Tanner, on the other hand, was a lot easier to understand, and as a result, a lot easier to like right off the bat. He’s portrayed as a player, and as a result a “bad boy”, but answer me this, what college boy, especially in the early years of college, doesn’t sleep with a slew of women? Having spent a year at a large, party orientated university, I can answer that…pretty much none. It’s known by everyone, young college-aged men simply can’t commit. It’s not in their DNA. I don’t blame them though (please don’t think I’m man-slut shamer), it’s a natural part of a guy’s life. Taking that into consideration, I never disliked Tanner for his womanizing ways. He always made it clear that he never intended to establish a relationship, and he stopped sleeping around once he realized he wanted a real relationship. I respect both those qualities. Add that to the fact that he was a volunteer firefighter and planned on becoming a cop upon college graduation, it was hard not to fall in love with him. His character was what really saved the book for me, especially in the beginning.

The relationship between Andrea and Tanner was complicated, but in a good way, that made the book fun heartbreaking to read. They had great chemistry, and clearly had feelings for each other, no matter how much they denied it. Both had some pretty big personal hesitations when it came to committing to a relationship though. Andrea is not only afraid of his womanizing past, her own commitment issues are holding her back from finding happiness with Tanner. Tanner, on the other hand, is the one who instigates the attempt at a relationship, and makes it clear he wants more than a one night stand with her. I liked this turn of events, since usually its the male character that balks at the idea of a relationship and the female character keeps pushing the idea. However, once Tanner admits to himself how deeply he feels for Andrea, he begins to realize the extent of her problems. He doesn’t judge her for it, but he is concerned and wants her to find help. He recognizes that she couldn’t ever be in a healthy, functioning relationship without first addressing her problems. My only complaint is that while I felt their friendship connection was strong, the romance connection came too strong, too fast. That was one aspect of the story that seemed rushed, and that could have been explored more.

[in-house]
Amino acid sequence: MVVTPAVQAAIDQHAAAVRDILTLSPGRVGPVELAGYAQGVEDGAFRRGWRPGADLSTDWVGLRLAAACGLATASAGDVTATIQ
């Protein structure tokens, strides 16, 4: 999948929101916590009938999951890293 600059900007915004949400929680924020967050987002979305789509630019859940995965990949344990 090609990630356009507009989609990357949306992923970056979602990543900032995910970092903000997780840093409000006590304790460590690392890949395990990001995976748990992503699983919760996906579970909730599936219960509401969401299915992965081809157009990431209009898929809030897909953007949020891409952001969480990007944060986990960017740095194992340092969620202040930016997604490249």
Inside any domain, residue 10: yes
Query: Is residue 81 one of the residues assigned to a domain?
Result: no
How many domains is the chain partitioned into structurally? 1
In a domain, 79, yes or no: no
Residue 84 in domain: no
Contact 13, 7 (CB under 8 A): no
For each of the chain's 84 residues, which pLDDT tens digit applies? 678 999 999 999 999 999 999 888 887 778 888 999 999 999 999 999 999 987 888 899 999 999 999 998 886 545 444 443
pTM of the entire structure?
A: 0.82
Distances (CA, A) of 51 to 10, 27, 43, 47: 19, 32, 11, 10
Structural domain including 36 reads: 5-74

Armentrout dealt with some heavy issues in this book: alcoholism, depression, anxiety attacks, and she addresses each of them beautifully. I never felt that she made light of any of Andrea’s conditions. She also made sure that the supporting characters never judged Andrea for her conditions, and that they encouraged her to get help instead of isolating her from the group. She also showed how dangerous these conditions can be when they go undiagnosed. What Armentrout did was provide a model for how friends  of those suffering from depression and anxiety should deal with them, and what could possibly happen if the problem is ignored. Armentrout’s New Adult novels usually deal with some heavy topics, and Scorched was no exception. As per usual though, the story resonated with me, and left me praising Armentrout for the 1000000x time.